With a team ERA of 6.84, Cuban pitchers were especially defective, but what a difference a suffix makes. Before Sunday the press had fevered visions of Cuban pitchers serially defecting, scaling bullpen walls and seeking asylum from American middle relievers. In reality, a player could have delivered himself to a ubiquitous U.S. marshal any time he cared to. "But understand, not everyone is looking to get out," says Bertman, whose team shares the Georgia Tech campus with Cuba. "A lot of people love their country and don't want to leave it." The grizzled Skipper was clearly moved by this sentiment, and said so himself.
And so the Cubans resisted the 800 number printed on the menus of a Cuban restaurant in Atlanta that promised a worry-free life with a toll-free call. They simply played on, stoically accepting Sunday's victory, even as at least one Cuban scribe pumped his fist in the press box. "This is a ball game worthy of the Olympics," said Fuentes, the manager. "Two countries with more than 100 years of baseball tradition put on a spectacle." He then praised the American crowd and speculated that Havana would be one enormous party that night.
To some, this must serve as reward enough. Omar Linares, now 27, has been Cuba's star third baseman since the age of 17 and would undoubtedly have been an All-Star in the major leagues, as well. But, "I would rather play for 11 million people than $11 million," he has said, and who can presume to deny his sincerity? To some, Visa is not everywhere you want to be. "To abandon one's country," a Cuban volley-bailer named Ricardo Vantes said before the Olympics began, "one has to think about abandoning one's mother." Ideology is idiocy in the face of such an argument.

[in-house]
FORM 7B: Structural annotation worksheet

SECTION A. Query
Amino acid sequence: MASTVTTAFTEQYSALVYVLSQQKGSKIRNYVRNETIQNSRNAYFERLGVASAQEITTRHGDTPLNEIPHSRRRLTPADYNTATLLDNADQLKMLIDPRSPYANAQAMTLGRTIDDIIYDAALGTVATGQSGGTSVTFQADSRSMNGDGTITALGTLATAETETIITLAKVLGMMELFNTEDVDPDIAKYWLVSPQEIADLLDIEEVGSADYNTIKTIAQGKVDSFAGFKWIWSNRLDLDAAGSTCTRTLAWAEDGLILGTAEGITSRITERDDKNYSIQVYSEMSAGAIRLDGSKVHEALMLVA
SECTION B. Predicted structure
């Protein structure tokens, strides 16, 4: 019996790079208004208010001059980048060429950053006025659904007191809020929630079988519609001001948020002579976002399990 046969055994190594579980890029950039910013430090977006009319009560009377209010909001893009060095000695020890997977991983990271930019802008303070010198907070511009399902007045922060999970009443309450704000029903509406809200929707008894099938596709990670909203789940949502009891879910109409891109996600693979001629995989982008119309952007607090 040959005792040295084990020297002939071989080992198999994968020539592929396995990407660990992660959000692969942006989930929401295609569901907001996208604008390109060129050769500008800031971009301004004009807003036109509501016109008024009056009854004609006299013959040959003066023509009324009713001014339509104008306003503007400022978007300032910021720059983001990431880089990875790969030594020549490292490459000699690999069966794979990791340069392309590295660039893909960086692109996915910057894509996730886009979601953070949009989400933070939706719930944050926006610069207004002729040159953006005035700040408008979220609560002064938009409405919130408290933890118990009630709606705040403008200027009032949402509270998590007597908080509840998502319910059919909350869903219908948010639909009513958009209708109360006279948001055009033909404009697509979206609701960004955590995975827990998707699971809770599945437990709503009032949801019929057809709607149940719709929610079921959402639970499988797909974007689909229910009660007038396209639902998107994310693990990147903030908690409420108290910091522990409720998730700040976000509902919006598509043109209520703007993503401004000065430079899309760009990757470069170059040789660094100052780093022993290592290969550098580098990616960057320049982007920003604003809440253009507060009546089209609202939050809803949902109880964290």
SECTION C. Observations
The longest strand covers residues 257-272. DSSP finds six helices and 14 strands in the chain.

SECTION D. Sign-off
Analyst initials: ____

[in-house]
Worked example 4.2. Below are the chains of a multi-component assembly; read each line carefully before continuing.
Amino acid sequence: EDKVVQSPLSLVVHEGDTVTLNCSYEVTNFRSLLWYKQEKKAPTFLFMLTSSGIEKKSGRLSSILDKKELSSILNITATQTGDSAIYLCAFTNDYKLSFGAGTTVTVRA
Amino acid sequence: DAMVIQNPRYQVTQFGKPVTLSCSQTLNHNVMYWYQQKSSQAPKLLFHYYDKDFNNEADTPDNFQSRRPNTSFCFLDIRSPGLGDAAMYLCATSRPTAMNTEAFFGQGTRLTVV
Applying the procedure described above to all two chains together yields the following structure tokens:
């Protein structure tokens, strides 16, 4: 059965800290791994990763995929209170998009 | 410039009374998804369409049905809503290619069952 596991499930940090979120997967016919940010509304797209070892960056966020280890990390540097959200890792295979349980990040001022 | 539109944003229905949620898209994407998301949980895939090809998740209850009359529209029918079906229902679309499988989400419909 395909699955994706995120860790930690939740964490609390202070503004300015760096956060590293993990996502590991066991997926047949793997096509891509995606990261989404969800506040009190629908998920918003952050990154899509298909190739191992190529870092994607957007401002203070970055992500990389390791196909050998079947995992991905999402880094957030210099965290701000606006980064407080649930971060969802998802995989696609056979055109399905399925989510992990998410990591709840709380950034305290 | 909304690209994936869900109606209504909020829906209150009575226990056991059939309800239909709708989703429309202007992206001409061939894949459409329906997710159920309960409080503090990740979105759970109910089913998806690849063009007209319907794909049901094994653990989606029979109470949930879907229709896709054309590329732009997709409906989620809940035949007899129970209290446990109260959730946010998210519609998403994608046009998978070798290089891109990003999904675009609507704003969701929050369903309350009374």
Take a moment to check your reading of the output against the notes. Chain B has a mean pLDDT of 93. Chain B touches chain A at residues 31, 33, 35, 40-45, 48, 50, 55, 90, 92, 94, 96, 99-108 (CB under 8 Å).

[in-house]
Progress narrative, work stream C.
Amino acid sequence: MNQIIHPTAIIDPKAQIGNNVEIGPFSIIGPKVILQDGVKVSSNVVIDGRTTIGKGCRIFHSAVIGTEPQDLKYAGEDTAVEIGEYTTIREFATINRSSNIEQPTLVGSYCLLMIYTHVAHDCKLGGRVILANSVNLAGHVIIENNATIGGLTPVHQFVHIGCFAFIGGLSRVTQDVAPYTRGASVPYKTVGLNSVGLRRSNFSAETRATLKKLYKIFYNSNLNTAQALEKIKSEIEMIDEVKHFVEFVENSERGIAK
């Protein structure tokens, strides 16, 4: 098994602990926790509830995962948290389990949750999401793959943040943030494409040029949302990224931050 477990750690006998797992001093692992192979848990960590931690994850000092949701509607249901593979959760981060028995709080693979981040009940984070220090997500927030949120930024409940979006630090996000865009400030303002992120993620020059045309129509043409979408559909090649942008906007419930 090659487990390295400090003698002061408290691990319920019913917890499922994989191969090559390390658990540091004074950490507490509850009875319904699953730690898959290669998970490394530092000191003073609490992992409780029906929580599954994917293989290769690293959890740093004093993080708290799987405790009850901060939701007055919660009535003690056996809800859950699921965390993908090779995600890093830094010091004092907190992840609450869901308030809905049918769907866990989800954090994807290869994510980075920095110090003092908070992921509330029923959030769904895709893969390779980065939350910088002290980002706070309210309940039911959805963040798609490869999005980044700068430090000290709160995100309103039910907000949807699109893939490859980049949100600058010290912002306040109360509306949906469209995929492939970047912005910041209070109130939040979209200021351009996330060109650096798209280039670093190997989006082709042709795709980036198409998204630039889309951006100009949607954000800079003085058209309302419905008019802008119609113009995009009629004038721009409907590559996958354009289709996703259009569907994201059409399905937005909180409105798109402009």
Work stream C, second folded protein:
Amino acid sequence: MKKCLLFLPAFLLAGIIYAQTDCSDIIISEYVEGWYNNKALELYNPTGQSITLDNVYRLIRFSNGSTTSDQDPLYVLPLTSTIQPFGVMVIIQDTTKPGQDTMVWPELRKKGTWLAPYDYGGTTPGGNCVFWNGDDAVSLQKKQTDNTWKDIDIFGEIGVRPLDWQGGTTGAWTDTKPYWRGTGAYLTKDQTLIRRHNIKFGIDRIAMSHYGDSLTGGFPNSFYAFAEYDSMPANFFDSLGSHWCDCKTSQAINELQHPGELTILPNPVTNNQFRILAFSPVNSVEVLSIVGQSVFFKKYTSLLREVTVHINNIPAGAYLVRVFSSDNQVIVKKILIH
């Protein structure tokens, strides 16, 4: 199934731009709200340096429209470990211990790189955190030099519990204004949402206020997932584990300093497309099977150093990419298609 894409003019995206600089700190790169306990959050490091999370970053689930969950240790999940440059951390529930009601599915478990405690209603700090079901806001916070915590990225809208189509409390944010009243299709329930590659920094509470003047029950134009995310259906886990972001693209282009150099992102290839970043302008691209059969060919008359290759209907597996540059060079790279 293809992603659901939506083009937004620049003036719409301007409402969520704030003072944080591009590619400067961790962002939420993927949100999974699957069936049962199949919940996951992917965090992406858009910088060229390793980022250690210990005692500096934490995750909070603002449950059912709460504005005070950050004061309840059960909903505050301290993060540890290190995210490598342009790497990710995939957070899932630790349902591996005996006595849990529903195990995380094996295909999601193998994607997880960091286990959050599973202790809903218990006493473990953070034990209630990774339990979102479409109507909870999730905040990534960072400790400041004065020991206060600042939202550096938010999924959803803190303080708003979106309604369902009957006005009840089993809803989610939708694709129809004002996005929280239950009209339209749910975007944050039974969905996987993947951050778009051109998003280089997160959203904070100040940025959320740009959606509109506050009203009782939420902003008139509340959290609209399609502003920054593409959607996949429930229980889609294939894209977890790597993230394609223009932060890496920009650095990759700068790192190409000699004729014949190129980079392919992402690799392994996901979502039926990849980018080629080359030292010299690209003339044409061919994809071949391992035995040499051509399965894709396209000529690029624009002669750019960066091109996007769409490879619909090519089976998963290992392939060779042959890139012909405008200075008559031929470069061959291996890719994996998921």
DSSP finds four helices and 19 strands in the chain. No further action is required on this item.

Divisive, defect-now rhetoric seemed especially inappropriate last Saturday morning, when the percussive waves of the Centennial Park pipe bomb were sending ripples around the world. "You have to say peace and sport is the same word," Silvano Ambrosioni, manager of the Italian team, said that afternoon, after losing epically to Cuba, 20-6. "We cannot realize why a thing like this [bomb] happens. We called our families in Italy to say we are not hurt. We are not hurt as a player or as a team. But we are hurt as a man."
Dissolve to the next day, when Linares replaced Ambrosioni in the same interview-room chair, in the home of the World Series champion Braves, and wondered aloud if he would ever play in los major leagues. "If relations between the U.S. and Cuba improve," he said, "then I think this will be possible." His optimism was at once infectious and heartbreaking: If peace and sport were synonymous, Linares would not have to pray for the former so that he might one day find fulfillment in the latter.